How to Start a Small Business in 10 Steps
If you're seriously thinking about starting your own business, here is a step-by-step guide for doing it the right way. No matter what type of business you have in mind, you have to balance ambition with prudence, scale up methodically, and always be thinking about what comes next.
- Determine your reason for being. You don’t necessarily need the slickest marketing plan or the greatest access to venture capital to create a successful company. The best entrepreneurs have a vision and know their purpose. Strive to create the kind of business you believe is constructive. If you do it right, then yes, you stand to make money. But more importantly, you'll be offering something valuable to society.
- Draft a business plan. Behind every successful business is a solid business plan. Start small and employ a business model that lets you gradually build from a small business entity to a larger one. In particular, plan for your startup costs, from labor to office space to state and federal tax. You'll also need to identify your target market. Then think about where you want to be after your first year. What business opportunities do you see yourself pursuing in five years? Strike the balance between ambitious and achievable.
- Incorporate your business. If you want to start your business the right way, you'll want to formally organize it as a limited liability company, an S-Corp, a C-Corp, or a sole proprietorship. You may need to employ a small business lawyer to help you craft a legal structure, particularly if you have co-founders who will own the company equally. You'll also need to pick a name for your corporation, but it doesn't have to be the same as your brand name. Companies can be incorporated under one name while doing business as a different brand name.
- Get your paperwork in order. When you own your own business, you're responsible for a lot of workaday minutia. You'll need to set up a business bank account and get an employer identification number from the federal government. Depending on your business location, states and municipalities may require business licenses, and they typically charge annual business taxes. You'll also have to handle bookkeeping, which may mean purchasing accounting software. If the clerical work involved doesn't fit your skillset (or if you simply don't have time to handle it), you'll want to hire some qualified help—whether full-time, part-time, or temporary.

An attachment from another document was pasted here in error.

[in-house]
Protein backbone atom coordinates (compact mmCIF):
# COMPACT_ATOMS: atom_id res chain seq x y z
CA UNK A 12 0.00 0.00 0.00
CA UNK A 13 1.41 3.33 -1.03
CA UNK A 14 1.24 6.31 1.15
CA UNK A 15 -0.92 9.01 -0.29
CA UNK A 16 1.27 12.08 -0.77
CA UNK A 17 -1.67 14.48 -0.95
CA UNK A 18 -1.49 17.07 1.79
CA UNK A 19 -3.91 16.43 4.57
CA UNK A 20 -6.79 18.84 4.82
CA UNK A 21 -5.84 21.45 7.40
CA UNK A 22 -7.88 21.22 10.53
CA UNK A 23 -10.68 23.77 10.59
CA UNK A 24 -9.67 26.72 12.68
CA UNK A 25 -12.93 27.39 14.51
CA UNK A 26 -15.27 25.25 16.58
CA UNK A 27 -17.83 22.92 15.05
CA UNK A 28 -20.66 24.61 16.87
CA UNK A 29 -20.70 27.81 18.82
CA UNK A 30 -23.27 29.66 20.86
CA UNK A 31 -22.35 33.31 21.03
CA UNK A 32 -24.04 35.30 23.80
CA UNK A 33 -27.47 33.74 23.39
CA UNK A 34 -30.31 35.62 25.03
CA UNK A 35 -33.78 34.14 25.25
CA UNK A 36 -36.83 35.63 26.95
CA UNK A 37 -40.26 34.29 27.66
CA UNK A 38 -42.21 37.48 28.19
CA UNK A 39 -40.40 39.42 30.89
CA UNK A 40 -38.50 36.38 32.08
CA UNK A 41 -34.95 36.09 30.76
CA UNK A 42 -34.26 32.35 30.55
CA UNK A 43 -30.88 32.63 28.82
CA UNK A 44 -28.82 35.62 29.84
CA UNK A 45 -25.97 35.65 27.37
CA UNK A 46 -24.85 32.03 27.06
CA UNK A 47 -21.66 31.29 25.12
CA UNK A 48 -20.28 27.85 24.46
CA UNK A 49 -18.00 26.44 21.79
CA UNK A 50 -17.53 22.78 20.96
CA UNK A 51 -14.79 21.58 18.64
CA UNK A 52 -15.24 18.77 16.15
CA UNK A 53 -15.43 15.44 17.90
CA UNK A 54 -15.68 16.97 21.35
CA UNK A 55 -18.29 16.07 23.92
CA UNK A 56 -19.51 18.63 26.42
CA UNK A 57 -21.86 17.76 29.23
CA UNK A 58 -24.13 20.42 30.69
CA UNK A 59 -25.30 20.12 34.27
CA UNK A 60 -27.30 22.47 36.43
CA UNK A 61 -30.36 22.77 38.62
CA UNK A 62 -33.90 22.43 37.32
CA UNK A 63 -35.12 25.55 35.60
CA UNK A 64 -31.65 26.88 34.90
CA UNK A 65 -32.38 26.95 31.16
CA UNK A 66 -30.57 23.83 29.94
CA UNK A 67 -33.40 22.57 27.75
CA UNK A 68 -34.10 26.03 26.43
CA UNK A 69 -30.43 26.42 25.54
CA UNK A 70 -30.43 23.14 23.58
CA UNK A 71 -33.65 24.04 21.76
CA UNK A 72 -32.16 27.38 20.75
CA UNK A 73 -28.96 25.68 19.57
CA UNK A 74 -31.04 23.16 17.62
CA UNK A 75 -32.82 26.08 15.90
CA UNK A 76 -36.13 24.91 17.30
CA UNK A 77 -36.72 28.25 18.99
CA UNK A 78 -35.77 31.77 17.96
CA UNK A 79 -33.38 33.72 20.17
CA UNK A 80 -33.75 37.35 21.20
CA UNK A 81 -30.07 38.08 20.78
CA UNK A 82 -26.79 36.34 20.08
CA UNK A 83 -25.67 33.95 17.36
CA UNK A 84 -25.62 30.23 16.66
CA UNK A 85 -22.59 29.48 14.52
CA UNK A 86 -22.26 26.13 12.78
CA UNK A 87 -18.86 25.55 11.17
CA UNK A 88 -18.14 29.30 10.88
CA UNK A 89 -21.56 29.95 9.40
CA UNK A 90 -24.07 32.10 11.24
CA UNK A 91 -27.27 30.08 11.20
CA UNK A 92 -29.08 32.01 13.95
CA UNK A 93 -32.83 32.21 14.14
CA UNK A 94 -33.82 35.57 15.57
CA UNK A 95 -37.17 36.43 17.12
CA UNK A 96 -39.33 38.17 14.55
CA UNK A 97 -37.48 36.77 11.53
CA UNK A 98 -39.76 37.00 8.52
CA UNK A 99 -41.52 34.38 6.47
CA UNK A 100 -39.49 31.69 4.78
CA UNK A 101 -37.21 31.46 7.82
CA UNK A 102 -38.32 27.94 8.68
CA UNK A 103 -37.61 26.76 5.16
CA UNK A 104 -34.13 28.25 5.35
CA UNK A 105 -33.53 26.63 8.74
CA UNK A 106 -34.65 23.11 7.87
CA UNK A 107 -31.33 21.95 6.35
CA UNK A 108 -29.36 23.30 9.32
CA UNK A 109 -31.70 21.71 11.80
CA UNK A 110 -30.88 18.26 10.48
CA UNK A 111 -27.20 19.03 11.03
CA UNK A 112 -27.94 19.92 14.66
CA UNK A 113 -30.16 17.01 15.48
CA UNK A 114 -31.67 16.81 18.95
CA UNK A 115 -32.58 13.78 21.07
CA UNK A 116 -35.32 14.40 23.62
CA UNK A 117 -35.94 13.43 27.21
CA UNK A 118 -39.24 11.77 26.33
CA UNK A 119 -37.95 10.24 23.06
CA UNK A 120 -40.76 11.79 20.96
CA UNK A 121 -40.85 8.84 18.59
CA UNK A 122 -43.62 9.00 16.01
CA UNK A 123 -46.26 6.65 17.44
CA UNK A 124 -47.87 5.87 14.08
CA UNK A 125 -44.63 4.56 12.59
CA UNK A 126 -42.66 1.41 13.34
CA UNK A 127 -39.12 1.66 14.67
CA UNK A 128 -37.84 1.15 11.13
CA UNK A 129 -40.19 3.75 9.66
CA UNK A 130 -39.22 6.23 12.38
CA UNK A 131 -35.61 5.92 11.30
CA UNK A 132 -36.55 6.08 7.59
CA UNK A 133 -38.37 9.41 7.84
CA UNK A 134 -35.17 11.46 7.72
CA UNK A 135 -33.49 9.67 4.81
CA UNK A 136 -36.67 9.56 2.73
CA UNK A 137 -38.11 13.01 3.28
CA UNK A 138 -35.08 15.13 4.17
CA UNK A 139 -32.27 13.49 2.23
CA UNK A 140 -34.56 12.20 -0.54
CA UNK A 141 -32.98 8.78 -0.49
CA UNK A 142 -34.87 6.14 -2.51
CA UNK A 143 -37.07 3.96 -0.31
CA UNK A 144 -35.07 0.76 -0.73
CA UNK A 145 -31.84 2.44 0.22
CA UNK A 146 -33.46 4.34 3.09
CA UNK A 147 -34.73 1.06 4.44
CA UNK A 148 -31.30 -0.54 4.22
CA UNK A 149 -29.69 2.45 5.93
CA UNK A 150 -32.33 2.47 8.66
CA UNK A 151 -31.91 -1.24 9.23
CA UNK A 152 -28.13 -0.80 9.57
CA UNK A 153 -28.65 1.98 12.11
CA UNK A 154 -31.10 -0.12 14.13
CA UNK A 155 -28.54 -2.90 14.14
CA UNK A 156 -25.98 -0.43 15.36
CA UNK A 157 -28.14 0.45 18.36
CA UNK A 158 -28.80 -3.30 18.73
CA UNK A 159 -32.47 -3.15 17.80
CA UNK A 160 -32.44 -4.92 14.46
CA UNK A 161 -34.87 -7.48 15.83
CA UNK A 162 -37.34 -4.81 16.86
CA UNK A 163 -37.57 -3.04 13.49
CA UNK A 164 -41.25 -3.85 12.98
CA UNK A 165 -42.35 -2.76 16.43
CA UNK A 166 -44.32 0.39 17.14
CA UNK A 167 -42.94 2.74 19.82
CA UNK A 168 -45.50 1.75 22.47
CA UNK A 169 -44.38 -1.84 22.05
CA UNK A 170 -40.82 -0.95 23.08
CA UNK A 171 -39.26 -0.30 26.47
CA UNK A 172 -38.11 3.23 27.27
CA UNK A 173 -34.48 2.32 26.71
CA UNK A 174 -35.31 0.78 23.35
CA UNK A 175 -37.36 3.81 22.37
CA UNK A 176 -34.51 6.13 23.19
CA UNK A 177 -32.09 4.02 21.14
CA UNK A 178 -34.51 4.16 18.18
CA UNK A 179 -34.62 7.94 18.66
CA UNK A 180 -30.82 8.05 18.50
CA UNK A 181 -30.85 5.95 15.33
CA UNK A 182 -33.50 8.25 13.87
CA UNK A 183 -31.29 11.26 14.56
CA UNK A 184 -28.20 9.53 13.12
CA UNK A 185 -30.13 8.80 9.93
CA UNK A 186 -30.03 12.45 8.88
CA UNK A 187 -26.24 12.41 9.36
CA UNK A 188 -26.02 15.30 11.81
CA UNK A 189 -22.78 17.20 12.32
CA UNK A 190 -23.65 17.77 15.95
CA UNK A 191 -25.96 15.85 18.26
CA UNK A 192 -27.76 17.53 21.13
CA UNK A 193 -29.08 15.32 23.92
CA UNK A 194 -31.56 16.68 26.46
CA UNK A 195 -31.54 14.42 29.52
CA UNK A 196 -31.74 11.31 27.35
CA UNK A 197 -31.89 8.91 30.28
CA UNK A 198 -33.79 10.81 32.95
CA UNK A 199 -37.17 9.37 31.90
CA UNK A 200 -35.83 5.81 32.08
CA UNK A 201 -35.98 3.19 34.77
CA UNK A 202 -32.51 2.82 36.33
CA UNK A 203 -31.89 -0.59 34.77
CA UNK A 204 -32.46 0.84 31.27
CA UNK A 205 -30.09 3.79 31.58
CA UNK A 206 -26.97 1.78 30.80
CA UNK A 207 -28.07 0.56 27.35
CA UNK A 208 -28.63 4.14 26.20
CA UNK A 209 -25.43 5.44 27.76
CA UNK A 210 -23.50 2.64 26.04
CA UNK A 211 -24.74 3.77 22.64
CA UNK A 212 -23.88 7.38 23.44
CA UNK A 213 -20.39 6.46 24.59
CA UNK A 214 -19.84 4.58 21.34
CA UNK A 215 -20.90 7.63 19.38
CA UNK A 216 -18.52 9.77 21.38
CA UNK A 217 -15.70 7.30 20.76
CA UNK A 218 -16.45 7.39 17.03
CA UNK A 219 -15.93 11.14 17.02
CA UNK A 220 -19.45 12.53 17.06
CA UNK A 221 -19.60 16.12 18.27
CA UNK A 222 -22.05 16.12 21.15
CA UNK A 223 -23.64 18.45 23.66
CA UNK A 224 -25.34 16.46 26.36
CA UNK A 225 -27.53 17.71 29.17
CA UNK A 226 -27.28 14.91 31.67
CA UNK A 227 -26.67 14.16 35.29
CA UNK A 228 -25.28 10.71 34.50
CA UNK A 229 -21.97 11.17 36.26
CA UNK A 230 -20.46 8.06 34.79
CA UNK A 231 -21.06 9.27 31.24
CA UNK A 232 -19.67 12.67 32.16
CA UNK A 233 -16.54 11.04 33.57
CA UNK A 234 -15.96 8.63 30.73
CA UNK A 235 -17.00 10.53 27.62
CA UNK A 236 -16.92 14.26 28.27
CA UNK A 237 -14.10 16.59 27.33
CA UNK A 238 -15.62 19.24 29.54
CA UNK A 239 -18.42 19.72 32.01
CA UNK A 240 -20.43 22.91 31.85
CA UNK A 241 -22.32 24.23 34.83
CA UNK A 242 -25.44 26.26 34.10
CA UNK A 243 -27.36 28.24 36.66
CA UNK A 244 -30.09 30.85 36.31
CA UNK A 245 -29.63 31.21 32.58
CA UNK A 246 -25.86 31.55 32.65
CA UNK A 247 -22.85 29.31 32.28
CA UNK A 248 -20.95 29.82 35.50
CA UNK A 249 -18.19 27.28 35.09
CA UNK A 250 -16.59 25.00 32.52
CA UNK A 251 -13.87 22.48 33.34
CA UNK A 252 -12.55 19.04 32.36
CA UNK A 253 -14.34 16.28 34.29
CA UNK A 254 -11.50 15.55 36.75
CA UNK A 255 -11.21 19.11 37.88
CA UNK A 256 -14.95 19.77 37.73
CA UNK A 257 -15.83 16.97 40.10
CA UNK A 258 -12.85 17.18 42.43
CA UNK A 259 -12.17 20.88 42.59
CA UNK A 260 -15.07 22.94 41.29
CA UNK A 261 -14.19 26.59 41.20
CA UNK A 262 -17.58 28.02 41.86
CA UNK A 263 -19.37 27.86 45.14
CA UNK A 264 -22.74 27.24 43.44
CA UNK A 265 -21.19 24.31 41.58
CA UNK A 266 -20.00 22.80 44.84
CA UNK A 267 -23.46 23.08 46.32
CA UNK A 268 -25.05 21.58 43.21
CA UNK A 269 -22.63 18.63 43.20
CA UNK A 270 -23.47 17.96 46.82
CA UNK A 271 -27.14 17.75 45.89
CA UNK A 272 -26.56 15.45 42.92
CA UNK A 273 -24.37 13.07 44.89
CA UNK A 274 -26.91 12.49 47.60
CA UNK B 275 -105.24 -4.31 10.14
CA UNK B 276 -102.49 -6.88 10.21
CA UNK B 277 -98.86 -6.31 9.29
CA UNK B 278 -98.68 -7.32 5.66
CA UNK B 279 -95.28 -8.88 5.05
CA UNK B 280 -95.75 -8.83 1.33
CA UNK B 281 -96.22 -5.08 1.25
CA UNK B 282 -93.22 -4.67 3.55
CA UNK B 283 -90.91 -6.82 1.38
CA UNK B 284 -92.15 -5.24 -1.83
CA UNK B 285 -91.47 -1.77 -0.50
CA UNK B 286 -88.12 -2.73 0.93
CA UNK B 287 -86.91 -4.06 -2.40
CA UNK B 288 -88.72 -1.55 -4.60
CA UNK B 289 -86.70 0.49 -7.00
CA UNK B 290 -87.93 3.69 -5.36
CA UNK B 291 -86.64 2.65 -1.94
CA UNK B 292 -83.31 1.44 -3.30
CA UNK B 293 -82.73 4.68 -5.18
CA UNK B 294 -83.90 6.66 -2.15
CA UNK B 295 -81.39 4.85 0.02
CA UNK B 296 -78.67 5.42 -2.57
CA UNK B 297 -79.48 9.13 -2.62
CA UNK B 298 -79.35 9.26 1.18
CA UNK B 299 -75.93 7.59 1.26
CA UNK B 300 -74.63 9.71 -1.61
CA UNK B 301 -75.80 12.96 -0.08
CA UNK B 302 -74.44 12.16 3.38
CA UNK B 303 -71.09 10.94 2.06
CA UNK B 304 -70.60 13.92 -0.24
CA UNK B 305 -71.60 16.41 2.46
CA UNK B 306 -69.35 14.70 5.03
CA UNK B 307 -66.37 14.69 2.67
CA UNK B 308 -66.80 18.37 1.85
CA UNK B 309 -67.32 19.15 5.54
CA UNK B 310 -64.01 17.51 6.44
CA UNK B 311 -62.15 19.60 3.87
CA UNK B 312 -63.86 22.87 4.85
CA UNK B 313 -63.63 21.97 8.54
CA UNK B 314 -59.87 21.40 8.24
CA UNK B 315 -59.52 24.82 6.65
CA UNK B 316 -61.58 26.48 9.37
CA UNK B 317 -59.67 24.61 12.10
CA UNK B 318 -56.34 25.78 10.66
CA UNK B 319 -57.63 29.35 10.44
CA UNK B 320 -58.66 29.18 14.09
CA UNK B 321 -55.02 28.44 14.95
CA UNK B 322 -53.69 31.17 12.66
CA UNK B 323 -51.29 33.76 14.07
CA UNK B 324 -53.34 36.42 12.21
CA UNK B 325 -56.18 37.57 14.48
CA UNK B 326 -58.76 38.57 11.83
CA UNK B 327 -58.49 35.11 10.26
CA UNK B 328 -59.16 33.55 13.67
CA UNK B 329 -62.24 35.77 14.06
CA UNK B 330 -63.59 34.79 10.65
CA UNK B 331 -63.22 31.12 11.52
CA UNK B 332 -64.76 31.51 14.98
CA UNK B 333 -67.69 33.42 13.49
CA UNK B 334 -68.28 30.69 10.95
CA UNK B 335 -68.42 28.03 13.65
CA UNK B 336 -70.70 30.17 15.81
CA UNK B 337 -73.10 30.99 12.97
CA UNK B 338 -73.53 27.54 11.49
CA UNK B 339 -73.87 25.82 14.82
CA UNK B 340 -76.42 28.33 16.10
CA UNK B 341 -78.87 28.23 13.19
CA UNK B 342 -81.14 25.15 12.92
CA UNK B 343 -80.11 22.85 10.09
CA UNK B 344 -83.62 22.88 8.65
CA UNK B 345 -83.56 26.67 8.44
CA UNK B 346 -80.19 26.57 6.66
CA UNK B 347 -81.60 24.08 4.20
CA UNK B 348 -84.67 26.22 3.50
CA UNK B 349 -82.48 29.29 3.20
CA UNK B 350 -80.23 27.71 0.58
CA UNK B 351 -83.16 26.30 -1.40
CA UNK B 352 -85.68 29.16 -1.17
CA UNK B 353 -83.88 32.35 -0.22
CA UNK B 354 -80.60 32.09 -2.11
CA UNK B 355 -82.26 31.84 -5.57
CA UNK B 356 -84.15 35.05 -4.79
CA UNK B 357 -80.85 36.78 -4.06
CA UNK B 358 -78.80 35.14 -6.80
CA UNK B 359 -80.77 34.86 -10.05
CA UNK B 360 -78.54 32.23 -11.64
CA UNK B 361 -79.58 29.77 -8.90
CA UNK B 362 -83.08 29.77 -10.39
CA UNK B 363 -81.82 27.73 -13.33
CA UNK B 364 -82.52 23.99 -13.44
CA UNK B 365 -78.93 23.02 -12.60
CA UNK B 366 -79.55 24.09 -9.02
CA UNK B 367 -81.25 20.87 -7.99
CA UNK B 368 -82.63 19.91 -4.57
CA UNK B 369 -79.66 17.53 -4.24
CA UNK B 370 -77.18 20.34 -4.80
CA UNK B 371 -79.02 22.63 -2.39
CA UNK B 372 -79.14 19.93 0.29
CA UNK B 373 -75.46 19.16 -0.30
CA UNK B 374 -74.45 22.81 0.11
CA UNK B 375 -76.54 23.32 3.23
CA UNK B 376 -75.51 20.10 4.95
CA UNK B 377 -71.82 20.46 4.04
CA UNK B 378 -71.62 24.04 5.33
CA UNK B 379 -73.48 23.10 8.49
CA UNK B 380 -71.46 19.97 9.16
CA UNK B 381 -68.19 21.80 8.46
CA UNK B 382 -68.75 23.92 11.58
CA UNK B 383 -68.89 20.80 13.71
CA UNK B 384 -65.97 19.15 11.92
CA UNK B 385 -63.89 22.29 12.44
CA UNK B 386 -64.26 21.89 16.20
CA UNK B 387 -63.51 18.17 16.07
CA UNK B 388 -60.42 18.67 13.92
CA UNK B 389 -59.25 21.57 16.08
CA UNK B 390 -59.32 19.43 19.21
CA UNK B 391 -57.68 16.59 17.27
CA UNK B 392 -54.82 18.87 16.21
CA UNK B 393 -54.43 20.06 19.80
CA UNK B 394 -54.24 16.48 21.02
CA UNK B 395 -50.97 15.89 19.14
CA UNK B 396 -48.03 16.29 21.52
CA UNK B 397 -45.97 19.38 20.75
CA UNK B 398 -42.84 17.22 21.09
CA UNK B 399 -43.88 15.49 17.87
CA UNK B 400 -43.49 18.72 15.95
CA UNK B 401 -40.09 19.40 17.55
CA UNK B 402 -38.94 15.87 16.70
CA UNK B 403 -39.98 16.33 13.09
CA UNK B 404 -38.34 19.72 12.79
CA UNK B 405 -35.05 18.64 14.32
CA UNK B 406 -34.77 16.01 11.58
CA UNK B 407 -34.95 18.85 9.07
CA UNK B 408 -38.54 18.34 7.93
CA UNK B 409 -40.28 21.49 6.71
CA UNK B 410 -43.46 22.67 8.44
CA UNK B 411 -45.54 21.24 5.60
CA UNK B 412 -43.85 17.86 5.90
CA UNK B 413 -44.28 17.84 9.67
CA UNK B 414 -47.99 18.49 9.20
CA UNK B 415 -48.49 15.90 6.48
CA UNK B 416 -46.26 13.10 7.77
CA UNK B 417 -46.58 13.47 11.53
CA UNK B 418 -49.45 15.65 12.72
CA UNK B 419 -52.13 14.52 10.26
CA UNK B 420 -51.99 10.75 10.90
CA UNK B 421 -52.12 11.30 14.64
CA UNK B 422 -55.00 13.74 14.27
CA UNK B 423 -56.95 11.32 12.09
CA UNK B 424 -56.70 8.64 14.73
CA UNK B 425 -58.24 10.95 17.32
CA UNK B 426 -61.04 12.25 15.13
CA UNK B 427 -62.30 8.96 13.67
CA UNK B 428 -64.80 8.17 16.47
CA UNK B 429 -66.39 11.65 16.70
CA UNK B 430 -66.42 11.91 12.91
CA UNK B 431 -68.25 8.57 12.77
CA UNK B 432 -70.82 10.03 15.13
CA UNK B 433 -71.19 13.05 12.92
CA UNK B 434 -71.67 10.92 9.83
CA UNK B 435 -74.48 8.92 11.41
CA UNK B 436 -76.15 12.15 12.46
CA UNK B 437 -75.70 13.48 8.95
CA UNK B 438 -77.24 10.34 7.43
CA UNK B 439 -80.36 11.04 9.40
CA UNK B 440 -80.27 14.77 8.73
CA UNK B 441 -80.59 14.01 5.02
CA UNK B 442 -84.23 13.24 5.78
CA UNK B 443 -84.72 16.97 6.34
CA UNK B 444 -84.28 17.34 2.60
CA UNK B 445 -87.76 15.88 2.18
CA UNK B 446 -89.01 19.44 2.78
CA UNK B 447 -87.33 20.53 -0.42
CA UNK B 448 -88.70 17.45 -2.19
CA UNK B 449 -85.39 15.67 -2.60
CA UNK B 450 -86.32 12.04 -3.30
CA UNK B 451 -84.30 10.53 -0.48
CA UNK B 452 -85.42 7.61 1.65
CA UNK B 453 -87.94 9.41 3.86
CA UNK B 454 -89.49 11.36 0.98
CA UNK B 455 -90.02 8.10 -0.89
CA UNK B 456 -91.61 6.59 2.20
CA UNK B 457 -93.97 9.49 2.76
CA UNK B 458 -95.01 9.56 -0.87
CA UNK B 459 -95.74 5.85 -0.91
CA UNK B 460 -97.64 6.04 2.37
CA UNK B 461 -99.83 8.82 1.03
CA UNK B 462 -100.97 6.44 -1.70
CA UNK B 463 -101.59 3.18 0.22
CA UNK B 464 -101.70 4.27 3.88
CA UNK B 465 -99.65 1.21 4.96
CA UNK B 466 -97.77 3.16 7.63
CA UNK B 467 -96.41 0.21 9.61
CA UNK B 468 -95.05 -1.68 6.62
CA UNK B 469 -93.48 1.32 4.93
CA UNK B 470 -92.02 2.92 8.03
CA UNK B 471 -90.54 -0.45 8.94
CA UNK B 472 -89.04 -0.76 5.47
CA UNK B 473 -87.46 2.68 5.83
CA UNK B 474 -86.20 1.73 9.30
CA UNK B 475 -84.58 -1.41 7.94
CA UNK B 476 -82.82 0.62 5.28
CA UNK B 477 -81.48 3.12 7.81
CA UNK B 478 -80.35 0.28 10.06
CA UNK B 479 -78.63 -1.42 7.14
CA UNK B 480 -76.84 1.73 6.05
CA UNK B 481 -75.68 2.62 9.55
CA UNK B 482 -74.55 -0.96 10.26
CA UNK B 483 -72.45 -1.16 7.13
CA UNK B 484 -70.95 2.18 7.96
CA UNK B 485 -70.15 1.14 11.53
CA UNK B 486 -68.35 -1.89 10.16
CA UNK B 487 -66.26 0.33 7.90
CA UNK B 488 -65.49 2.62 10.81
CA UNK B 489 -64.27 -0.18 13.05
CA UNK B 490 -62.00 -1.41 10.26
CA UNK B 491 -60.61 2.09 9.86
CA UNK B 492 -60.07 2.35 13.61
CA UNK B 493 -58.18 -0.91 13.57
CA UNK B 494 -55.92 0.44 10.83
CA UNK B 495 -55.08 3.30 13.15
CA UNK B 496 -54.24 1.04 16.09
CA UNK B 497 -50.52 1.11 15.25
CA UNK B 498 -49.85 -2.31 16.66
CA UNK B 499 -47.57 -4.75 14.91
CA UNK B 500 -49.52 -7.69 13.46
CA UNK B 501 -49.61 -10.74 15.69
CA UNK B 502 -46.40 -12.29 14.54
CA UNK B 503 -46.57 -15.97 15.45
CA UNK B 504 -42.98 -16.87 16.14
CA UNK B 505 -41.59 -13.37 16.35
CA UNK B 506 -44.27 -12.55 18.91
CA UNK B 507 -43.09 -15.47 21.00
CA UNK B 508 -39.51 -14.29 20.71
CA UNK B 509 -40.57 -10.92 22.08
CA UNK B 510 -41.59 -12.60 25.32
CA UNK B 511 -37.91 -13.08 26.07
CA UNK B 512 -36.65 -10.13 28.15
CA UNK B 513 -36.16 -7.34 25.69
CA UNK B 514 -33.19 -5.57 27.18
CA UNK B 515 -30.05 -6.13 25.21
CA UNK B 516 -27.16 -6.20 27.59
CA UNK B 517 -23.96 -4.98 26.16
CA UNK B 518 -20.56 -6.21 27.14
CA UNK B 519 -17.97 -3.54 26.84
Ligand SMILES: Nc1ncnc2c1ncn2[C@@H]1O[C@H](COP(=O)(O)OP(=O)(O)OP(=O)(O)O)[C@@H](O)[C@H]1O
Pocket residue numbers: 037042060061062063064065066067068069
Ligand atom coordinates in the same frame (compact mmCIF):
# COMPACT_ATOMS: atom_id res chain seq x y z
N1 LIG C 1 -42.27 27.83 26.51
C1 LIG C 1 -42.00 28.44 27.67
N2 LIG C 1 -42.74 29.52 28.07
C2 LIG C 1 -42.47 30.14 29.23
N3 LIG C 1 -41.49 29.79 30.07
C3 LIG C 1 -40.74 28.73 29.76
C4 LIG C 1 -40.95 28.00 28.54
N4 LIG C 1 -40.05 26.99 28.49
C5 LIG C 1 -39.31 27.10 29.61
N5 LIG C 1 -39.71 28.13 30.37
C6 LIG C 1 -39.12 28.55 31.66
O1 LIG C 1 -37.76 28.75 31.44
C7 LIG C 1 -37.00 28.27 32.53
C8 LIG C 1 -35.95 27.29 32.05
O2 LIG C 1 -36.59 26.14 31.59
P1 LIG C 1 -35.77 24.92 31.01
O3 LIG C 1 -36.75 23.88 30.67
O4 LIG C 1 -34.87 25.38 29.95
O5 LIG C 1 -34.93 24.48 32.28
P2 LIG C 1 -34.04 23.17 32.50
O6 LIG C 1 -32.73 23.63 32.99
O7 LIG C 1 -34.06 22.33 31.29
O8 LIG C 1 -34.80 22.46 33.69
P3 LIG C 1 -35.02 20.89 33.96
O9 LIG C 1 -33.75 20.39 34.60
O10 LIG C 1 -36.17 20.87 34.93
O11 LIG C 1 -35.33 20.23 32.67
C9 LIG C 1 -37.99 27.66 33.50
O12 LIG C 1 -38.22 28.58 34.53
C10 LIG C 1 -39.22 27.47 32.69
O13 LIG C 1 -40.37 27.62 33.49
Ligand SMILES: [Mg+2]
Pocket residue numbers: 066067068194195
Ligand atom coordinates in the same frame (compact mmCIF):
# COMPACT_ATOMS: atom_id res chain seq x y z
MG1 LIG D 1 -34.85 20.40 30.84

- Assemble a team. There aren't many types of businesses that can thrive on the work of just one person. Great ideas and sweat equity tend to come from teams of people. If you co-own your company with other business partners, you're already part of a collaborative effort. But if you have a business structure that makes you the only legal owner of the business (such as a sole proprietorship), you'll need to search for exemplary employees to help make your ideas a reality. You may have to offer lucrative compensation to get the best people, but it will be worth it if they can truly help your business reach the next level.
- Seek funding. In order to grow, a new business needs money. Unless you're independently wealthy, you will likely have to take out a small business loan (including a line of credit) or reach out to angel investors (either via crowdfunding or via personal connections). Make sure your risk isn't so great that you risk financial ruin if things don't work out. Play it safe to the point that you have enough cash flow and you’re able to pay your rent and eat, but and have a reliable safety net and a backup plan in place.
- Conduct market research. If you know who your potential customers are, you must be sure you know how to reach them and how to deliver products and services they actually want to buy. If you have enough funding, you can hire a professional market research company to help you with this. Remember that what's more important than how your product makes you feel is how it makes your potential customers feel.
- Stay on brand. If you plan to stock your product in stores, devote some real time to thinking about how your brand appears to consumers. What emotions should it conjure up? How will its packaging and typeface communicate the right message? These questions aren’t limited to physical retail; an online business must also stand out from the crowd. From your domain name to your graphic layout, your online branding requires as much time as you put into the appearance of the product itself. If you're crowdfunding, you'll be communicating with people who are simultaneously your customers and your funding base. Make sure your message to those people is particularly clear and consistent.
- Embrace change in both your company and the market. Go into your venture understanding that many of your initial business ideas may change over the course of your company's existence. Most notably, you may have to readjust and adapt to competition and a changing marketplace. You may have to change your product offerings or even your business name.
- Prepare to improvise. You don’t need to go to business school to start a business. And you don't have to be an expert in any one thing to run a great brand. Remember that successful small business owners don't have a special degree of genius that the rest of us don't. What they do tend to have is an ability to think on their toes and adjust to unforeseen problems as they arise. If you work hard, you too can expand your customer base and bring your small business to the next level.
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